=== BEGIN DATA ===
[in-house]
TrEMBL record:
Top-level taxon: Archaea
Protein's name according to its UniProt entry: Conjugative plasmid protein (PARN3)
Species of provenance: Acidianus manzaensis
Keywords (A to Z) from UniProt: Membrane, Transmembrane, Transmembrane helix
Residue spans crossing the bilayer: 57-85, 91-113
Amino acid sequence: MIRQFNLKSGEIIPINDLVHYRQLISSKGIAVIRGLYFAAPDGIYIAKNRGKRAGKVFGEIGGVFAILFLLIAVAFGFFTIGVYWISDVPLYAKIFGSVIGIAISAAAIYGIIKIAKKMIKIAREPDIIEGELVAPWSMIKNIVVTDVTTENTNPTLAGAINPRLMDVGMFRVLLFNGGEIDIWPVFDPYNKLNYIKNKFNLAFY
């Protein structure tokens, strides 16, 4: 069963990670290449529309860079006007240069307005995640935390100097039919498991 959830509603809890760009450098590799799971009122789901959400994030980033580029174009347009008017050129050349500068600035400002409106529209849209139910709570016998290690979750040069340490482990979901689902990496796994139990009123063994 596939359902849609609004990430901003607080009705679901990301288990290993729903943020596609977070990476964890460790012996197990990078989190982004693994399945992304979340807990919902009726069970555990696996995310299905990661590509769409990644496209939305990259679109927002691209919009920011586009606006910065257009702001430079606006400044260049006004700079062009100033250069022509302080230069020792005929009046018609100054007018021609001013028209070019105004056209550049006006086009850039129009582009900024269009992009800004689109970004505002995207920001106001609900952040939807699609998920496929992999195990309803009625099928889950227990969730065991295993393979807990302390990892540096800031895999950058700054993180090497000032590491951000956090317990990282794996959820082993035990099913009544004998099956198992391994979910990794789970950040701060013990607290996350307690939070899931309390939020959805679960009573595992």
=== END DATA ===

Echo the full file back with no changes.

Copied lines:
[in-house]
TrEMBL record:
Top-level taxon: Archaea
Protein's name according to its UniProt entry: Conjugative plasmid protein (PARN3)
Species of provenance: Acidianus manzaensis
Keywords (A to Z) from UniProt: Membrane, Transmembrane, Transmembrane helix
Residue spans crossing the bilayer: 57-85, 91-113
Amino acid sequence: MIRQFNLKSGEIIPINDLVHYRQLISSKGIAVIRGLYFAAPDGIYIAKNRGKRAGKVFGEIGGVFAILFLLIAVAFGFFTIGVYWISDVPLYAKIFGSVIGIAISAAAIYGIIKIAKKMIKIAREPDIIEGELVAPWSMIKNIVVTDVTTENTNPTLAGAINPRLMDVGMFRVLLFNGGEIDIWPVFDPYNKLNYIKNKFNLAFY
């Protein structure tokens, strides 16, 4: 069963990670290449529309860079006007240069307005995640935390100097039919498991 959830509603809890760009450098590799799971009122789901959400994030980033580029174009347009008017050129050349500068600035400002409106529209849209139910709570016998290690979750040069340490482990979901689902990496796994139990009123063994 596939359902849609609004990430901003607080009705679901990301288990290993729903943020596609977070990476964890460790012996197990990078989190982004693994399945992304979340807990919902009726069970555990696996995310299905990661590509769409990644496209939305990259679109927002691209919009920011586009606006910065257009702001430079606006400044260049006004700079062009100033250069022509302080230069020792005929009046018609100054007018021609001013028209070019105004056209550049006006086009850039129009582009900024269009992009800004689109970004505002995207920001106001609900952040939807699609998920496929992999195990309803009625099928889950227990969730065991295993393979807990302390990892540096800031895999950058700054993180090497000032590491951000956090317990990282794996959820082993035990099913009544004998099956198992391994979910990794789970950040701060013990607290996350307690939070899931309390939020959805679960009573595992």